Students with Disabilities

The purpose of this document is to provide an overview of the Center’s accomplishments and to highlight a set of lessons learned from the 26 schools that implemented intensive intervention while receiving technical support from the Center. These lessons include:

This series of videos provides brief instructional examples for supporting students who need intensive instruction in the area of place value computation. Within college- and career-ready standards place value is taught in K through Grade 5. These videos may be used as each concept is introduced, or with students in higher grade levels who continue to struggle with the concepts. Special education teachers, math interventionists, and others working with struggling students may find these videos helpful.

This series of videos provides brief instructional examples for supporting students who need intensive instruction in the area of place value. Within college- and career-ready standards place value is taught in K through Grade 5. These videos may be used as each concept is introduced, or with students in higher grade levels who continue to struggle with the concepts. Special education teachers, math interventionists, and others working with struggling students may find these videos helpful.

This video illustrates the use of scaffolding with manipulatives to teach students to group objects by tens with counting by ones.  When students practice counting numbers greater than 10 with manipulatives, they learn to recognize the patterns in place value and they begin to think about sets of 10 objects as one unit. Students develop fluency in counting by ones, and then counting by groups of 10 and ones. Once that skills is mastered they are ready to practice opportunities to count by tens and ones to determine cardinality (i.e., the total amount of the set). 

Current education accountability initiatives require that all students make progress toward academic proficiency standards, including students with disabilities who often have challenging learning needs.  In honor of Learning Disabilities/Attention Deficit Hyperactivity Disorder Disability Awareness Month, the directors from two Centers funded by the U.S. Department of Education’s Office of Special Education Programs (OSEP) and National Center for Special Education Research (NCSER) discussed how intensive intervention can help these students make progress. Dr. Lou Danielson and Dr.

This series of videos provides brief instructional examples for supporting students who need intensive instruction in the area of numeracy and counting. Within college- and career-ready standards numeracy and counting are taught in Pre-K through Grade 1. These videos may be used as each concept is introduced, or with students in higher grade levels who continue to struggle with the concepts. Special education teachers, math interventionists, and others working with struggling students may find these videos helpful.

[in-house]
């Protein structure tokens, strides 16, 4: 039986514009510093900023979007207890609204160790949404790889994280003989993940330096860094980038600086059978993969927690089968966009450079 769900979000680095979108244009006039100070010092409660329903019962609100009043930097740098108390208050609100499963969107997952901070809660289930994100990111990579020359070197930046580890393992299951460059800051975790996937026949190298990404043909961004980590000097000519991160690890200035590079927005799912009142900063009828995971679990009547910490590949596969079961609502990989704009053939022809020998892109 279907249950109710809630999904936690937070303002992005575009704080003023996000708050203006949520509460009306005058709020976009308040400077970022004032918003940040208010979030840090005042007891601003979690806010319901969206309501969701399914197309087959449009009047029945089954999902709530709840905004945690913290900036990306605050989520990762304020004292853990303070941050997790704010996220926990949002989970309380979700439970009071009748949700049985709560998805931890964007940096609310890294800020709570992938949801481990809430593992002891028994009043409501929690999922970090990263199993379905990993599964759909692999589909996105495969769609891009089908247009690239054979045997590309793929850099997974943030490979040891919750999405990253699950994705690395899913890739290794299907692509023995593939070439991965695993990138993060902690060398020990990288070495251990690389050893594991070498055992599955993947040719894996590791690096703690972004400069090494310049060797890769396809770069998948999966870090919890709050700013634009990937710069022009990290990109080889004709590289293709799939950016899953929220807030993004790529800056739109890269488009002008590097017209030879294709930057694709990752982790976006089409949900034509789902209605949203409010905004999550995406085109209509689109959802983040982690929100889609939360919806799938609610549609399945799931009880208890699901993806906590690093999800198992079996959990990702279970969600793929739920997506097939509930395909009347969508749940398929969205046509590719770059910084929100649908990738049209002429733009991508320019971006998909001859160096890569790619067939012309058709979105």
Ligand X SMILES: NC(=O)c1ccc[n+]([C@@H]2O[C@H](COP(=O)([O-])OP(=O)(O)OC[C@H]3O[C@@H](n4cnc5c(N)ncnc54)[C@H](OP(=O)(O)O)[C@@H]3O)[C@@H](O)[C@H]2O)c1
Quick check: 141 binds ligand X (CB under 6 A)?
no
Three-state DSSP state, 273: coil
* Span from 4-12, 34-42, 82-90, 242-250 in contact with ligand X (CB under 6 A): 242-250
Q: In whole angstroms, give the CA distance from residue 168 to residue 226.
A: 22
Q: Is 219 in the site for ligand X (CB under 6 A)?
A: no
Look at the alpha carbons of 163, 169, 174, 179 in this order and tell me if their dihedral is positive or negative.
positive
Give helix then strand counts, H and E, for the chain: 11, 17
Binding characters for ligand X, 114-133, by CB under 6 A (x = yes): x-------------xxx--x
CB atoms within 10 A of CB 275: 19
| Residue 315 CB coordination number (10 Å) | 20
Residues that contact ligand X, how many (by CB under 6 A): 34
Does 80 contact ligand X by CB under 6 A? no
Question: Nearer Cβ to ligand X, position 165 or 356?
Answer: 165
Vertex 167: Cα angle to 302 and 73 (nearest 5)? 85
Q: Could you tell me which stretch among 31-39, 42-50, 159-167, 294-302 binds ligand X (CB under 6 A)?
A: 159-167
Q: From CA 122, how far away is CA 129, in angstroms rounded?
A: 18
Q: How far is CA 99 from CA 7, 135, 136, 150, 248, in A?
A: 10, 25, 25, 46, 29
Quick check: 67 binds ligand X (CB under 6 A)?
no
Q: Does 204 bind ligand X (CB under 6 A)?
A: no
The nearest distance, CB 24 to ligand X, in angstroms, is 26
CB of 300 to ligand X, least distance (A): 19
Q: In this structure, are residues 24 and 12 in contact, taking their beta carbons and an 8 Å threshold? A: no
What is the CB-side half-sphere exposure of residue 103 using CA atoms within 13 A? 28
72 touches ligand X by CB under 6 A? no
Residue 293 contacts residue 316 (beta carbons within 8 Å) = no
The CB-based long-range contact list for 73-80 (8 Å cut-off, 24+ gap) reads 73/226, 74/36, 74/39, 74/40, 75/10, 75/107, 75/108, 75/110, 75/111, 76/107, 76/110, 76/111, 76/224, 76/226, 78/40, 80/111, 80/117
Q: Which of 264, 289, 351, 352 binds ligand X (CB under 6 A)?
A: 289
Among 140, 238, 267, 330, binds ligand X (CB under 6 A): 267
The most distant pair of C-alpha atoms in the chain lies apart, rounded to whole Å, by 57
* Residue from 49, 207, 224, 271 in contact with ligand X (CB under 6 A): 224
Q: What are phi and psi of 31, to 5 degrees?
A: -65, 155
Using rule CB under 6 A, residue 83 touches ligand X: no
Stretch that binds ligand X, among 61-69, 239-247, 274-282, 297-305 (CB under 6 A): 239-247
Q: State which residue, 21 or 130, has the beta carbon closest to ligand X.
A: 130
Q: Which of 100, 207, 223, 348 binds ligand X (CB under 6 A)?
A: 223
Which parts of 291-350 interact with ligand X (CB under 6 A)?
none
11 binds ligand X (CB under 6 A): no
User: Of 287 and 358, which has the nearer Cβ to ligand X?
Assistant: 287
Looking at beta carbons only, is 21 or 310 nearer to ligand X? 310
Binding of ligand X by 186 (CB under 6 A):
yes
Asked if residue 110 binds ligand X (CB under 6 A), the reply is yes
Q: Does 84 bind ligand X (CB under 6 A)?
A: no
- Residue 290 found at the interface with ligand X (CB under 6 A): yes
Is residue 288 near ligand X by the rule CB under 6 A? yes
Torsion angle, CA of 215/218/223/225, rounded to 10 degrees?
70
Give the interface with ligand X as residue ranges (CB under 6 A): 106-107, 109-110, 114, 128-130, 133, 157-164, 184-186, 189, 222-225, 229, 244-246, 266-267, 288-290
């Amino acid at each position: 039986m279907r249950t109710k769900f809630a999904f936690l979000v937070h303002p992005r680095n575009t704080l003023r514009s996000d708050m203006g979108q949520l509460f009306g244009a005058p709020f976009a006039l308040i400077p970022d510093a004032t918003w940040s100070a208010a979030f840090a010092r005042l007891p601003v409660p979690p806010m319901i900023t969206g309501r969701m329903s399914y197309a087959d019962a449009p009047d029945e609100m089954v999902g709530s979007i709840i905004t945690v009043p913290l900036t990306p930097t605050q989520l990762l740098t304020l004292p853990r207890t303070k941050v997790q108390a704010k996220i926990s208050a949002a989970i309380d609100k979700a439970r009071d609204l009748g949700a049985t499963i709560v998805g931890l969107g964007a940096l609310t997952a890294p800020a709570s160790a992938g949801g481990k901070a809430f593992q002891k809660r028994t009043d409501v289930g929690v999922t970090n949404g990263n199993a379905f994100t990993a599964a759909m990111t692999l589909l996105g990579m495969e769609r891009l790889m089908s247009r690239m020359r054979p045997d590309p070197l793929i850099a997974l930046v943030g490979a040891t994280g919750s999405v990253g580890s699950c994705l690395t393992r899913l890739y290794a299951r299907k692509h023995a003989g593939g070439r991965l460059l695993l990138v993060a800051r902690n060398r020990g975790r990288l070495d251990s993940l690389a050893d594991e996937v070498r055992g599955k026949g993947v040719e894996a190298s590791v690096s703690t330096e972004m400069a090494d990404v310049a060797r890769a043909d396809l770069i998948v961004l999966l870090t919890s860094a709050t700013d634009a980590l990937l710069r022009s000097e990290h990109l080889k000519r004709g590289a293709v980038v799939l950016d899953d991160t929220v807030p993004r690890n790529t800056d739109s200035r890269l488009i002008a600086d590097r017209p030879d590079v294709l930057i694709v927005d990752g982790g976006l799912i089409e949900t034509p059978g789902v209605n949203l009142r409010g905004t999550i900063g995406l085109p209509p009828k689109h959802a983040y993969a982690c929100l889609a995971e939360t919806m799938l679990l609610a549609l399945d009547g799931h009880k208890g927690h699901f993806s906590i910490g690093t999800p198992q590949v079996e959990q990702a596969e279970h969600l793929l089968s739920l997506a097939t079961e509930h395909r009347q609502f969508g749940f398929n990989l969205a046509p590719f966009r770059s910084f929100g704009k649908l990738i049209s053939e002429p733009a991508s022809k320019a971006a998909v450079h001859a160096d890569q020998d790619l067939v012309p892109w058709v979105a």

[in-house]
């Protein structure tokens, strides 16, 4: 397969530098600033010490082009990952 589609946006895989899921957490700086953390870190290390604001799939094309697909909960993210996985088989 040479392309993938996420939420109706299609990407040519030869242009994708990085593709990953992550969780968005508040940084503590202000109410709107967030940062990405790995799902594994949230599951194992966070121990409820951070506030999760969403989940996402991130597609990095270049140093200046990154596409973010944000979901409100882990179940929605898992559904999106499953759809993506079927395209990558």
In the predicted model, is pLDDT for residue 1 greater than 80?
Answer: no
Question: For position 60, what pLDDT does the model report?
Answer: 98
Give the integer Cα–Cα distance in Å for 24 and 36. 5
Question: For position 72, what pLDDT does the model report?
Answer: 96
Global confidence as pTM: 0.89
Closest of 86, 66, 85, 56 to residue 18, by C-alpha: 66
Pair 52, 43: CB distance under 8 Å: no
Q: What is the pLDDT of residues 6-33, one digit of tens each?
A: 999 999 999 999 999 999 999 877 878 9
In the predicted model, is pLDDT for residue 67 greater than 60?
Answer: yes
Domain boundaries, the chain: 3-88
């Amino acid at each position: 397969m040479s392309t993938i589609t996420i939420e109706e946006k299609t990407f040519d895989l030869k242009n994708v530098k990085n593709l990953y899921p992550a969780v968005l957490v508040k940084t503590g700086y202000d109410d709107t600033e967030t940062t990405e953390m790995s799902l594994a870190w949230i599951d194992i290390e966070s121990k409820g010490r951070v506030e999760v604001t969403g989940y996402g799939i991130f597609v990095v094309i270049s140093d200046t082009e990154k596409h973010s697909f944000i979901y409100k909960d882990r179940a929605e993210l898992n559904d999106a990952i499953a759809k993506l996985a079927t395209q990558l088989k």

The purpose of this guide is to provide brief explanations of practices that can be implemented when working with students in need of intensive intervention in mathematics. Special education instructors, math interventionists, and others working with students who struggle with mathematics may find this guide helpful. Specific topics covered include the following: Explicit, Systematic Instruction Effective Questioning Concrete, Representational/Visual/Pictorial, Abstract/Symbolic Models

This Module, the second in a series on intensive intervention, offers information on making data-based instructional decisions. Specifically, the resource discusses collecting and analyzing progress monitoring and diagnostic assessment data. Developed in collaboration with the National Center on Intensive Intervention at American Institutes for Research and the CEEDAR Center, this resource is designed for individuals who will be implementing intensive interventions (e.g., special education teachers, reading specialists, interventionists).

This Module, first in a series of two, overviews data-based individualization and provides information about adaptations for intensifying and individualizing instruction. Developed in collaboration with the National Center on Intensive Intervention at American Institutes for Research and the CEEDAR Center, this resource is designed for individuals who will be implementing intensive interventions (e.g., special education teachers, reading specialists, interventionists).

Question: What do you need to consider when selecting a behavioral progress monitoring tool? 

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